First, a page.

TWRA Reminder: Removing Whitetail Fawns From The Wild Does More Harm Than Good

Thursday, June 26, 2014
Wildlife Officers responded to a call about a fawn lying outside the public works building in Oak Ridge.  In spite of concerned citizens with good intentions wanting to help, the fawn was not interfered with and was rejoined with its mother upon her return.
Wildlife Officers responded to a call about a fawn lying outside the public works building in Oak Ridge. In spite of concerned citizens with good intentions wanting to help, the fawn was not interfered with and was rejoined with its mother upon her return.

The TWRA is reminding citizens to think twice before removing whitetail fawns from the wild in an attempt to rescue them from seeming abandonment.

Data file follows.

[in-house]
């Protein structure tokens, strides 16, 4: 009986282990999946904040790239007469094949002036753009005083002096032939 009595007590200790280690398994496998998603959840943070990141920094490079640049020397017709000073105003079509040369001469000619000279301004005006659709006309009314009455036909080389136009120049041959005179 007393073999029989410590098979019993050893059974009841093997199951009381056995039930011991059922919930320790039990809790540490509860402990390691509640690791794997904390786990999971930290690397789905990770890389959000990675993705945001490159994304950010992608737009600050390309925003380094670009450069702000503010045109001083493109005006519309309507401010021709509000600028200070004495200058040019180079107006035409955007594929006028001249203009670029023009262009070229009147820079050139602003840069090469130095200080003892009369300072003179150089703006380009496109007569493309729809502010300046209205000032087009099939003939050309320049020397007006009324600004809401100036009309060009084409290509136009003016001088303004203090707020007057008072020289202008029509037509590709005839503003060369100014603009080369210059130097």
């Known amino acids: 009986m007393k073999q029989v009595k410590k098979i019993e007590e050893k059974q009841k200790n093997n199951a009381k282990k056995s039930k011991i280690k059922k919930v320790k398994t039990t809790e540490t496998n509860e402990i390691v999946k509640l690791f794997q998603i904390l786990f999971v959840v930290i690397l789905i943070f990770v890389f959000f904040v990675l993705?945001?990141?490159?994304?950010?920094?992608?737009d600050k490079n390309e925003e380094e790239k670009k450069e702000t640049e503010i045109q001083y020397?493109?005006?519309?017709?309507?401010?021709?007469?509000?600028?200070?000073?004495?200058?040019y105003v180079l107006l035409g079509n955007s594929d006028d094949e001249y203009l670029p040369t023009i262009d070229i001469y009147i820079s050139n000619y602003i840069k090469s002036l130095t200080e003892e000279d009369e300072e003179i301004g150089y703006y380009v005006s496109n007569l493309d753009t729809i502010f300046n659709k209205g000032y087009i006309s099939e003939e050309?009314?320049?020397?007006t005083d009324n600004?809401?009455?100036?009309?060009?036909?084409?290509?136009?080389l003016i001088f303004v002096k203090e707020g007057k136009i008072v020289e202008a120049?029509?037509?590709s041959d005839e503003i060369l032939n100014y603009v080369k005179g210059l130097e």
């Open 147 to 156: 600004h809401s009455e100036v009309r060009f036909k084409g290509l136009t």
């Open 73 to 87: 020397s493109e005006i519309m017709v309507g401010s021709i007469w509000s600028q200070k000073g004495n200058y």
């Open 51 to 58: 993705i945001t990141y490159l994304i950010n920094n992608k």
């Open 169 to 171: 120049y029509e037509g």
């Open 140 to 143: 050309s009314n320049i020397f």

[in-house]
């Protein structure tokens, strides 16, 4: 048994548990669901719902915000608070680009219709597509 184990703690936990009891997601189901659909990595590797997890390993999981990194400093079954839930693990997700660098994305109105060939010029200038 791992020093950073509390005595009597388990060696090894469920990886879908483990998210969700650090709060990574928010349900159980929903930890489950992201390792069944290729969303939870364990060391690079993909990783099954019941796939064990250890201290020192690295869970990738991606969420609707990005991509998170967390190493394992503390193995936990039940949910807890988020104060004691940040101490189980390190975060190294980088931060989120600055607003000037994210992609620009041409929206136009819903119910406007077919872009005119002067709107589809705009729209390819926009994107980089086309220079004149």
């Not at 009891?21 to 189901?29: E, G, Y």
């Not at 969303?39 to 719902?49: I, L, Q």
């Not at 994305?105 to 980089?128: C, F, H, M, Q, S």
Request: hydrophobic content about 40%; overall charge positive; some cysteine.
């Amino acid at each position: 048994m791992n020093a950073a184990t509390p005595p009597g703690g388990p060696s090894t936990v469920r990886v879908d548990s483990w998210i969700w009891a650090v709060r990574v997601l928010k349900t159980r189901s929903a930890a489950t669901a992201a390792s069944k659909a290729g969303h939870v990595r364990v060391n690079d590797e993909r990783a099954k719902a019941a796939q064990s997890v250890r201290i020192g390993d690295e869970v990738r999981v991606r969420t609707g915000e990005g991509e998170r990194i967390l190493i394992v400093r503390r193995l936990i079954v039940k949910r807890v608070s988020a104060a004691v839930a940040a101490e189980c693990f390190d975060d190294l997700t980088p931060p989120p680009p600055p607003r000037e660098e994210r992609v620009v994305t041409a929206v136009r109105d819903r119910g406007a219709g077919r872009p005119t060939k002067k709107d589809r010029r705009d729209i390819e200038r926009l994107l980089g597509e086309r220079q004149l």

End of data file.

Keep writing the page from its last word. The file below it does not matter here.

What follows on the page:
Recently, TWRA Wildlife Officers have responded to an overwhelming number of calls reporting abandoned fawns that in most cases would have been better off left alone.

Anderson County Wildlife Officer Jason Lankford offers this information to those who may be considering rescuing a fawn: “The main points that I consider are that the doe spends less than four hours a day with the fawn and while she may look like a bad mother, in nature this is a very successful strategy.  She’ll visit the fawn when it needs it, otherwise it will sit contently looking abandoned but nothing is further from the truth. When a fawn is picked up, its chances of survival and ever being reaccepted into the deer herd drop dramatically.”  Unless it is confirmed that the mother is dead and the fawn is very small, the best option is to leave it alone.

Carter County Wildlife Officer John Ripley has also seen a dramatic spike in calls regarding abandoned fawns.  “The Wynn Wood Wildlife Rehabilitation Center in Carter Co. is at capacity for orphaned fawns,” said Officer Ripley who also mentions that when someone takes in a fawn and tries to care for it, there is great potential for attachment and is a captive wildlife situation.


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